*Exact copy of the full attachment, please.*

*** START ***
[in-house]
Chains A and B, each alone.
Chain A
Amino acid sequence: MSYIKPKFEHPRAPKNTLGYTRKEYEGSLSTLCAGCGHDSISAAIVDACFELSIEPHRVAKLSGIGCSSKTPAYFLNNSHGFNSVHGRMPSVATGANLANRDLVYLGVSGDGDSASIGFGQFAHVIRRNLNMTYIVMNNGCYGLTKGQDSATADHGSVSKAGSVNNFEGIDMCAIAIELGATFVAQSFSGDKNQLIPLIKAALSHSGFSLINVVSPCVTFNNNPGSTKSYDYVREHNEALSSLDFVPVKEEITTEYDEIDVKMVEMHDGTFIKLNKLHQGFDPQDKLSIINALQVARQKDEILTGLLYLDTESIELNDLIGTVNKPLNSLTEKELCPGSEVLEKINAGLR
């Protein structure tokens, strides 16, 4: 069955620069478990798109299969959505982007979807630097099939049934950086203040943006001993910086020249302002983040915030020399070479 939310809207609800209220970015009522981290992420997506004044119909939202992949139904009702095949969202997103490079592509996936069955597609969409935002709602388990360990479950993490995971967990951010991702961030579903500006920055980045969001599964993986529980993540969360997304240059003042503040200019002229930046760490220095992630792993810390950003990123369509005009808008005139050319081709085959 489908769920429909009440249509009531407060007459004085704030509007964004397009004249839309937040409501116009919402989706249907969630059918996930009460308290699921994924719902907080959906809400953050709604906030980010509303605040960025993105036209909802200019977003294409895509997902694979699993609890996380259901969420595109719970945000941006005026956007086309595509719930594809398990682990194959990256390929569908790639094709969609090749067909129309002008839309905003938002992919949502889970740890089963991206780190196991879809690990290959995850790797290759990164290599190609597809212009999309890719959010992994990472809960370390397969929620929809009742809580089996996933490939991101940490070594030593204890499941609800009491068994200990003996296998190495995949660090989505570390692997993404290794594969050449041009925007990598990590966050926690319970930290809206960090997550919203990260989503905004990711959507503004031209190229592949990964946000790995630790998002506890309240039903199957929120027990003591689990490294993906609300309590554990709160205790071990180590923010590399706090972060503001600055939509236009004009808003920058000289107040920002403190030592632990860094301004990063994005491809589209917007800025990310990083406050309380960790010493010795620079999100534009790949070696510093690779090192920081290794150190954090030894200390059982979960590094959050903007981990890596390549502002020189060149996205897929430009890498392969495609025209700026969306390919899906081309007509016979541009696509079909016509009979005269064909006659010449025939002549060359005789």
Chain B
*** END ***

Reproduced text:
[in-house]
Chains A and B, each alone.
Chain A
Amino acid sequence: MSYIKPKFEHPRAPKNTLGYTRKEYEGSLSTLCAGCGHDSISAAIVDACFELSIEPHRVAKLSGIGCSSKTPAYFLNNSHGFNSVHGRMPSVATGANLANRDLVYLGVSGDGDSASIGFGQFAHVIRRNLNMTYIVMNNGCYGLTKGQDSATADHGSVSKAGSVNNFEGIDMCAIAIELGATFVAQSFSGDKNQLIPLIKAALSHSGFSLINVVSPCVTFNNNPGSTKSYDYVREHNEALSSLDFVPVKEEITTEYDEIDVKMVEMHDGTFIKLNKLHQGFDPQDKLSIINALQVARQKDEILTGLLYLDTESIELNDLIGTVNKPLNSLTEKELCPGSEVLEKINAGLR
């Protein structure tokens, strides 16, 4: 069955620069478990798109299969959505982007979807630097099939049934950086203040943006001993910086020249302002983040915030020399070479 939310809207609800209220970015009522981290992420997506004044119909939202992949139904009702095949969202997103490079592509996936069955597609969409935002709602388990360990479950993490995971967990951010991702961030579903500006920055980045969001599964993986529980993540969360997304240059003042503040200019002229930046760490220095992630792993810390950003990123369509005009808008005139050319081709085959 489908769920429909009440249509009531407060007459004085704030509007964004397009004249839309937040409501116009919402989706249907969630059918996930009460308290699921994924719902907080959906809400953050709604906030980010509303605040960025993105036209909802200019977003294409895509997902694979699993609890996380259901969420595109719970945000941006005026956007086309595509719930594809398990682990194959990256390929569908790639094709969609090749067909129309002008839309905003938002992919949502889970740890089963991206780190196991879809690990290959995850790797290759990164290599190609597809212009999309890719959010992994990472809960370390397969929620929809009742809580089996996933490939991101940490070594030593204890499941609800009491068994200990003996296998190495995949660090989505570390692997993404290794594969050449041009925007990598990590966050926690319970930290809206960090997550919203990260989503905004990711959507503004031209190229592949990964946000790995630790998002506890309240039903199957929120027990003591689990490294993906609300309590554990709160205790071990180590923010590399706090972060503001600055939509236009004009808003920058000289107040920002403190030592632990860094301004990063994005491809589209917007800025990310990083406050309380960790010493010795620079999100534009790949070696510093690779090192920081290794150190954090030894200390059982979960590094959050903007981990890596390549502002020189060149996205897929430009890498392969495609025209700026969306390919899906081309007509016979541009696509079909016509009979005269064909006659010449025939002549060359005789």
Chain B